Windows Tip Sheet
Syncing OUs to Groups
Keep your objects in order with a couple command-line tools.
It’s a common enough Active Directory design technique to set up OUs
that represent the various organizations in your company: Perhaps you’ll
have an IT OU, an OU for Sales, and so forth. Of course, the main purpose of
OUs is to organize AD objects by the way those objects will be managed, and
by how Group Policy objects will be applied. Security Groups (and Distribution
Groups, for that matter) provide parallel purposes, grouping AD objects by the
way they’ll be assigned security permissions, or by the way they’ll
be used in your Exchange Server address book. It’s not surprising, therefore,
that many companies have security and distribution groups that mimic their OUs
in terms of contents: an IT group, a Sales group, and so on.
It’s unfortunate that you can’t just drag user objects into a group,
because that’d be an easy way of getting all members of an OU into a group.
However, thanks to a tip at JSI
FAQ, you can use AD command-line tools and a simple batch file to add
all users in a specified OU into a specified group. The batch file will even
create the group for you (as a global security group) if it doesn’t already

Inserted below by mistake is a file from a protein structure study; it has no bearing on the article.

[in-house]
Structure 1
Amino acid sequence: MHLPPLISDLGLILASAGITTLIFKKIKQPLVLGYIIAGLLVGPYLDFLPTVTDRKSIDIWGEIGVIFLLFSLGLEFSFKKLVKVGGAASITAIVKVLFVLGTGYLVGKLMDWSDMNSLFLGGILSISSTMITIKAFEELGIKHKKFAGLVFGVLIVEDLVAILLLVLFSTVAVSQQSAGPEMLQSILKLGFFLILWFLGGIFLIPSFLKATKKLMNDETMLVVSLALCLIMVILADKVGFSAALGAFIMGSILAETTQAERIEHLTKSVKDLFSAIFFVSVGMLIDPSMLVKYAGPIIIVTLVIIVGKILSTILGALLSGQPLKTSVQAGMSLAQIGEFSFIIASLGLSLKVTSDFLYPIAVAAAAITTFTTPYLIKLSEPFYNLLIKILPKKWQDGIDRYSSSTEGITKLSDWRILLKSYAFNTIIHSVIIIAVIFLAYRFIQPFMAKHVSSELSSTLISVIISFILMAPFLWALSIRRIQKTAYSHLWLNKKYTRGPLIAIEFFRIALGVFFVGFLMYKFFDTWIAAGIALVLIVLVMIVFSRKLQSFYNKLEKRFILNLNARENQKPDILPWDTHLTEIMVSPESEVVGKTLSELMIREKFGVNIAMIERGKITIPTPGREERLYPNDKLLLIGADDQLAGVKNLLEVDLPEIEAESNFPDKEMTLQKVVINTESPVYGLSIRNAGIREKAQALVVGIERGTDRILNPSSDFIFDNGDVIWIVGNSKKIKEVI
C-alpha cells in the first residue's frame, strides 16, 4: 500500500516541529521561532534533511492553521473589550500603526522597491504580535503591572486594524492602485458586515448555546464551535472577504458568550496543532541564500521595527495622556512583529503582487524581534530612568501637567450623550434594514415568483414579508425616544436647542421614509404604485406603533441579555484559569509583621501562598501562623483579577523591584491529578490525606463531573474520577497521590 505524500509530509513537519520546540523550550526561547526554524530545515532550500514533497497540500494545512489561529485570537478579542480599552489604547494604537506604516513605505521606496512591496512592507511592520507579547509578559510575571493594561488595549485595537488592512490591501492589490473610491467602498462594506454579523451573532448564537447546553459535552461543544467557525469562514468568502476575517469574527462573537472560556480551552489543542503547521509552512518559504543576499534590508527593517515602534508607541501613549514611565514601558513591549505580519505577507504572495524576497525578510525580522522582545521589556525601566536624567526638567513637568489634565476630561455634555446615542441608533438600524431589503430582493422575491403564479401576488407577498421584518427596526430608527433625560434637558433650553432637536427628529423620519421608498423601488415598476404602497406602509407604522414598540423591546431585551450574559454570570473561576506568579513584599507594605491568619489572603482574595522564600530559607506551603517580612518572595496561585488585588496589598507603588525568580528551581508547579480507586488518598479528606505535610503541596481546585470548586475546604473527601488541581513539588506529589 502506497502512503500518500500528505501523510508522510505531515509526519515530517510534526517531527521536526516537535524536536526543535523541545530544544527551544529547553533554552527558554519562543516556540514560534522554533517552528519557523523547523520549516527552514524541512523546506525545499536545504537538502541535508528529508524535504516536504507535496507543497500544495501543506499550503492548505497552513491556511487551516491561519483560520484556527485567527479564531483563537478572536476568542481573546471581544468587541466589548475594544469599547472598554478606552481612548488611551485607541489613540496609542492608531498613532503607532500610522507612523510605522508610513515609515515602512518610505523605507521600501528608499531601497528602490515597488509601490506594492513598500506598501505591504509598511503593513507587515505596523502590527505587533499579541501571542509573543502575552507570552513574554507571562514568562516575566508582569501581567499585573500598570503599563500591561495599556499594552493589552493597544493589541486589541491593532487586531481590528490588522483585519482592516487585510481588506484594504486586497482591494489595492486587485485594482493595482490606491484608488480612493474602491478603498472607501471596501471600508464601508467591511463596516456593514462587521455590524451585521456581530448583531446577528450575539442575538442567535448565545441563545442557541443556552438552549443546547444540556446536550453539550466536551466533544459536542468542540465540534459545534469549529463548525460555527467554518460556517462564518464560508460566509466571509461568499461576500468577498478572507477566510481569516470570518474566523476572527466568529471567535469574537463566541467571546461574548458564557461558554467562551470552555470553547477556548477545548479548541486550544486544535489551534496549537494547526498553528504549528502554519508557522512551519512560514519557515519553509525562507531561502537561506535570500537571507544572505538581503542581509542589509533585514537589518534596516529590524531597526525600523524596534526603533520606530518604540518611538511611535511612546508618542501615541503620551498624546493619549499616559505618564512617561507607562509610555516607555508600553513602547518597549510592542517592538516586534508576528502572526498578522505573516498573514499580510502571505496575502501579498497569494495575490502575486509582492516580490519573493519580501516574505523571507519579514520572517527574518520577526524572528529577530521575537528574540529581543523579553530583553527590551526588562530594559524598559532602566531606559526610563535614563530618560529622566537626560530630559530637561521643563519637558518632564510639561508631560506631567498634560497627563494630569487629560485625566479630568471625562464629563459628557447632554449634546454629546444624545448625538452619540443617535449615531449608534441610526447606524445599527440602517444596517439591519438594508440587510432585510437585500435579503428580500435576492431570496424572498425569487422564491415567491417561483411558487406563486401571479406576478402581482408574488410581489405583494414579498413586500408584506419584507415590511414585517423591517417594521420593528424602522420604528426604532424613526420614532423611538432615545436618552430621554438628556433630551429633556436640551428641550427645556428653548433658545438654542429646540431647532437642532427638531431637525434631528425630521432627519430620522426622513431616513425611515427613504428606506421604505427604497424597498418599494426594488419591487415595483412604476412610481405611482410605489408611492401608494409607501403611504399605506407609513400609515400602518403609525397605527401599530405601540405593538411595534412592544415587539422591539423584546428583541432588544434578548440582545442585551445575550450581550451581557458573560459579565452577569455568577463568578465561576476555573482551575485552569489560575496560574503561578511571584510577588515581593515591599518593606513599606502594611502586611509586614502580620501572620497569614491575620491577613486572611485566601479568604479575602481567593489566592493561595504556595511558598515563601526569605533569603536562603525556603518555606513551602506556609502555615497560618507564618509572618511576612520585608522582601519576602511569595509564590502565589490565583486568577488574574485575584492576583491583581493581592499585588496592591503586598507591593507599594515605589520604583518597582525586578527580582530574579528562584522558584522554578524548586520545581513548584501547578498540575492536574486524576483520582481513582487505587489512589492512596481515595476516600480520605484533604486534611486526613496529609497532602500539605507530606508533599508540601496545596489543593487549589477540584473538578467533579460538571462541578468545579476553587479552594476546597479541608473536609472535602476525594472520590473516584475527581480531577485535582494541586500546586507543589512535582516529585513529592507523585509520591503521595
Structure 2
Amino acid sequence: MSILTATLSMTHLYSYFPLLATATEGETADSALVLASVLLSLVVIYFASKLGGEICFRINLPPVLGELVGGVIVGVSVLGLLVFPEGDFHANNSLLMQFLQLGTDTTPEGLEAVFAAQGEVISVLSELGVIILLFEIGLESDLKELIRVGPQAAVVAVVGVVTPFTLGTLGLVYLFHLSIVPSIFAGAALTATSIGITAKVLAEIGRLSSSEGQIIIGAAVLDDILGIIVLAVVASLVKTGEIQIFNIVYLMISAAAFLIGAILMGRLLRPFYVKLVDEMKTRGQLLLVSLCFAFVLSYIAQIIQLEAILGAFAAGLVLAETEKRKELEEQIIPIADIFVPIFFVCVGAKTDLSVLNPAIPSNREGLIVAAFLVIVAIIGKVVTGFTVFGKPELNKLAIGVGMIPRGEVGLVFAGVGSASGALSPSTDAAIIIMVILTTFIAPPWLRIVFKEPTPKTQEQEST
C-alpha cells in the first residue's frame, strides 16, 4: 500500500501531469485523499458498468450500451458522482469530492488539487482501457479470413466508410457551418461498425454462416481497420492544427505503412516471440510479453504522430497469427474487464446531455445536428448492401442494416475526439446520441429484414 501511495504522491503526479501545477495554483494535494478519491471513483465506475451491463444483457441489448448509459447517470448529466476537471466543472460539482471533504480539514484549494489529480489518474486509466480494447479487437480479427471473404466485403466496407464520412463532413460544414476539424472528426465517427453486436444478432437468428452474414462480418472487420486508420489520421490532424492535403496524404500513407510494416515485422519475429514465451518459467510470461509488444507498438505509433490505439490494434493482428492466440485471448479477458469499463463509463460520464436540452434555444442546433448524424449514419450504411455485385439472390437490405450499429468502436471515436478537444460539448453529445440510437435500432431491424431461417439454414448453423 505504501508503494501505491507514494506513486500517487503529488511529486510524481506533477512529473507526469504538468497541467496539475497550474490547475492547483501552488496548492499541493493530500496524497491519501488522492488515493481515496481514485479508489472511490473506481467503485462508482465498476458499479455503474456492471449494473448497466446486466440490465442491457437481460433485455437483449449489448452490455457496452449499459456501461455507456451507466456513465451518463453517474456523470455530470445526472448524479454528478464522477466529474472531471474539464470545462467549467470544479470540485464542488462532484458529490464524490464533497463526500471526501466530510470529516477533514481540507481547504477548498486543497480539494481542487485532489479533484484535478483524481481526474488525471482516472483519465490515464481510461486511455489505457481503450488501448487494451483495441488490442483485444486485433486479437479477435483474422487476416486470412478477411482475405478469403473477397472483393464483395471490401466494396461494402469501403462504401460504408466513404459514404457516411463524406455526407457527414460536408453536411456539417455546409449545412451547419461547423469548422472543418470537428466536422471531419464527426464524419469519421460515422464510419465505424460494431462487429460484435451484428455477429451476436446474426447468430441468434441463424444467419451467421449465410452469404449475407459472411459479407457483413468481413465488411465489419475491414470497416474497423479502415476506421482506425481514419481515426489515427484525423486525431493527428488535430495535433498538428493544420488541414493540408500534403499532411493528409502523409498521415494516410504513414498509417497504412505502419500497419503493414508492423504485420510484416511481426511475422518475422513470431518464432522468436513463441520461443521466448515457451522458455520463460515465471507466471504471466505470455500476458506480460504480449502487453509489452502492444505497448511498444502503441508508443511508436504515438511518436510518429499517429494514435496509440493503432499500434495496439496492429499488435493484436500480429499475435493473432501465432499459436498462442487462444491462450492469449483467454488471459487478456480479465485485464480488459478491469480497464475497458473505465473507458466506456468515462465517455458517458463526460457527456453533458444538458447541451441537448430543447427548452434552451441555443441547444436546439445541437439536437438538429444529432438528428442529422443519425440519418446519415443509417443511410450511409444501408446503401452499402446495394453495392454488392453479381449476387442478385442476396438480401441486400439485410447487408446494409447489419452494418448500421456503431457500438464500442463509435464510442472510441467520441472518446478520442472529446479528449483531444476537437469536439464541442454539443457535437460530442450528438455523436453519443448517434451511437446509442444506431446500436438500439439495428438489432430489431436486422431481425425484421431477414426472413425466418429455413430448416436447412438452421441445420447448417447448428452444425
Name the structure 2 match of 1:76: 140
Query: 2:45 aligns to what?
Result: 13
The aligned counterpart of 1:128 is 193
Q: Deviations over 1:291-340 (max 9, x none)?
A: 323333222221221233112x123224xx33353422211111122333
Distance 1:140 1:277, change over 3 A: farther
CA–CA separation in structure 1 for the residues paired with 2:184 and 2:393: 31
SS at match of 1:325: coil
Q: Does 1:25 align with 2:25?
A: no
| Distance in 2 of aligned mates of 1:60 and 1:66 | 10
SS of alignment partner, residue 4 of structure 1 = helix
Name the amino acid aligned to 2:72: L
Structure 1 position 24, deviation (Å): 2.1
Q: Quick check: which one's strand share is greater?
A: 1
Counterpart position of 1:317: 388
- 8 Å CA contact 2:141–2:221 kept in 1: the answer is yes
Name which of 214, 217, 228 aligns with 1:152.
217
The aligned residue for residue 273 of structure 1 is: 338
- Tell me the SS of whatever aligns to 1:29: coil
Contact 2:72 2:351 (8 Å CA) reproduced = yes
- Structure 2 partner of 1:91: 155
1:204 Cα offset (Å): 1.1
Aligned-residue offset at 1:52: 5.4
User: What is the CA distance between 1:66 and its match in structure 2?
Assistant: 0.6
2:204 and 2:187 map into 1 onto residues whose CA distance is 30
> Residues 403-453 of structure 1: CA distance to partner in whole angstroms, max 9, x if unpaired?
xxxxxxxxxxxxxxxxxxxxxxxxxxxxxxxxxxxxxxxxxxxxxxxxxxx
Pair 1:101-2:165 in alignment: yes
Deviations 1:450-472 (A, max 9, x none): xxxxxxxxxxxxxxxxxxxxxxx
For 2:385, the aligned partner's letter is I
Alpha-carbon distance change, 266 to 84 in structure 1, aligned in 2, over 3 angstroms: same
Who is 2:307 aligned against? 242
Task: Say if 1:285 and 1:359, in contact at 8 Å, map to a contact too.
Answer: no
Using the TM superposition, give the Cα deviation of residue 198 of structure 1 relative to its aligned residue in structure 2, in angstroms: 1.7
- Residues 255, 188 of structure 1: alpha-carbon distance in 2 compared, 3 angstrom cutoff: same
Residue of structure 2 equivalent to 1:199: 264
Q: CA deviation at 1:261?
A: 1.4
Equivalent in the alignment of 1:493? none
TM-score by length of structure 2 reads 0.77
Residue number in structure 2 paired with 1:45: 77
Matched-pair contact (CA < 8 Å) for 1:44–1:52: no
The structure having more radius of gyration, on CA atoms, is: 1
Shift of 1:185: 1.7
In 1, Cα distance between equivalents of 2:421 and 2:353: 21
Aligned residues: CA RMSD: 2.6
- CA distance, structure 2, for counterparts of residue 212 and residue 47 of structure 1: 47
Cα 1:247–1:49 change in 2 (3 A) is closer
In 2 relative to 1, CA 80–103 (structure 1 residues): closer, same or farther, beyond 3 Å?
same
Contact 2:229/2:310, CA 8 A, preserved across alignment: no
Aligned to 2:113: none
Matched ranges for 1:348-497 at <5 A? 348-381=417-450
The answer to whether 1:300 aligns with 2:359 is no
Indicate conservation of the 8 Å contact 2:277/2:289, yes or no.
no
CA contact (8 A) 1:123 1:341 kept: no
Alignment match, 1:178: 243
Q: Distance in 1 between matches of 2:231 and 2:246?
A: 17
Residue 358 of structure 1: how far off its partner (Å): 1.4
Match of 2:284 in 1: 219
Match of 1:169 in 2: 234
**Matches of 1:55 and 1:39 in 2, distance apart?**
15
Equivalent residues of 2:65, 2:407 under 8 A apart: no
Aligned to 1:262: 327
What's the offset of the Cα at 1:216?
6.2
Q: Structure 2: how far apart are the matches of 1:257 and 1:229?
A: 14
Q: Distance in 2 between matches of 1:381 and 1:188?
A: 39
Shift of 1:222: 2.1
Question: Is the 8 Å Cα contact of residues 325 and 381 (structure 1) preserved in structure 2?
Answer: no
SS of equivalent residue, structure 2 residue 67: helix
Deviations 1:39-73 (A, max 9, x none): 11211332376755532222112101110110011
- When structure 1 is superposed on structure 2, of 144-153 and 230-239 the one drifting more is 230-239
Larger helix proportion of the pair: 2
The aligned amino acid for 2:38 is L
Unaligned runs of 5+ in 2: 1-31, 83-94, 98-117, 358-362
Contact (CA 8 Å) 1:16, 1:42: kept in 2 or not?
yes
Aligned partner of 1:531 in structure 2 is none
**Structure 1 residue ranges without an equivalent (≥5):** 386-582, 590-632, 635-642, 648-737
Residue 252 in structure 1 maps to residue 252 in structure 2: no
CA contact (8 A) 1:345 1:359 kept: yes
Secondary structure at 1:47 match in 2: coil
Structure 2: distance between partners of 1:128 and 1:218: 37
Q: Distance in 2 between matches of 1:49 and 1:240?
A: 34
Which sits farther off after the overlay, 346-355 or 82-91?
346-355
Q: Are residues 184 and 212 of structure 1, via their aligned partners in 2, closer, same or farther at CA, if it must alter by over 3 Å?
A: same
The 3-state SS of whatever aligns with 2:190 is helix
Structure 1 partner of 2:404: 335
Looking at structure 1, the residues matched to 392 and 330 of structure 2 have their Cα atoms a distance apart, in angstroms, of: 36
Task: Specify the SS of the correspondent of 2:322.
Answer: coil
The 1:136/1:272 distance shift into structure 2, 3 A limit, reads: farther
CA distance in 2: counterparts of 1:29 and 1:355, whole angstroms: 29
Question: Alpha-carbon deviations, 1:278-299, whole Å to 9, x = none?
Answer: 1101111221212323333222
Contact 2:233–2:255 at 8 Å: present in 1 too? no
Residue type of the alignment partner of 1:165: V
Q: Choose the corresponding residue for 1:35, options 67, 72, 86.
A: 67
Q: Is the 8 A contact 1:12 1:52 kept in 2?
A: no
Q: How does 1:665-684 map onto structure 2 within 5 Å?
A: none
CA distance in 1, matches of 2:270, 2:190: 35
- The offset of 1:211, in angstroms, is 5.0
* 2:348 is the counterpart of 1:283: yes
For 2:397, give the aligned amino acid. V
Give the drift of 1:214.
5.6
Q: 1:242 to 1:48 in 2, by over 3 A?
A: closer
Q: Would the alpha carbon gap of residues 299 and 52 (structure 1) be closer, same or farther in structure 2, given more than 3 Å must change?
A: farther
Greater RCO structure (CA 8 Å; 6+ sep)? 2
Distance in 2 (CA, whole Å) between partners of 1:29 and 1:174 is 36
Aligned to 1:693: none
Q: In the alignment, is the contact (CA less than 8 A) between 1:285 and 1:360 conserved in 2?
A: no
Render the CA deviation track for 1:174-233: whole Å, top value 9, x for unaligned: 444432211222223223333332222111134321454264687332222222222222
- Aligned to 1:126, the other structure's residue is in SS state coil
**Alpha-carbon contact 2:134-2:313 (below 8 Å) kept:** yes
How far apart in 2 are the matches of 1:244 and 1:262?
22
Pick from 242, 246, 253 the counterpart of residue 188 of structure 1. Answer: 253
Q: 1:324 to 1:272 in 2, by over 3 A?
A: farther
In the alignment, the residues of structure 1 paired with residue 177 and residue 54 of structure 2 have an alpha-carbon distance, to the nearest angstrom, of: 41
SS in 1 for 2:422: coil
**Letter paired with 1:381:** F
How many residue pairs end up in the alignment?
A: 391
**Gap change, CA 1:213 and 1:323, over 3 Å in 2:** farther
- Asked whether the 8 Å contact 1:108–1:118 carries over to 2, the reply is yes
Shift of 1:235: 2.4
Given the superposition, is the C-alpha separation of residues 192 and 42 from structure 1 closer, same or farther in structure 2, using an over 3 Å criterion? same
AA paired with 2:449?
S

Of course, keeping the OUs and groups in sync can be tricky, which is why you
might consider writing another script that is used to add users to an OU and
the matching group simultaneously. By using your script instead of the GUI tools,
this multi-step process can be accomplished in one step, and your OUs and groups
will always contain the correct members.
Here’s another trick help to more effectively manage unused user accounts.
When someone leaves, disable their user account; use a script to list disabled
user accounts that haven’t been used in several weeks. The script can
then delete those unneeded accounts from AD, and advise you of which OUs and
groups were affected, for recordkeeping purposes. The Microsoft TechNet Script
Center contains snippets that perform these various functions; just string them
together for a complete script.
Don Jones is a multiple-year recipient of Microsoft’s MVP Award, and is an Author/Evangelist for video training company Pluralsight. Don is also a co-founder and President of PowerShell.org, a community dedicated to Microsoft’s Windows PowerShell technology. Don has more than two decades of experience in the IT industry, and specializes in the Microsoft business technology platform. He’s the author of more than 50 technology books, an accomplished IT journalist, and a sought-after speaker and instructor at conferences worldwide. Reach Don on Twitter at @concentratedDon, or on Facebook at Facebook.com/ConcentratedDon.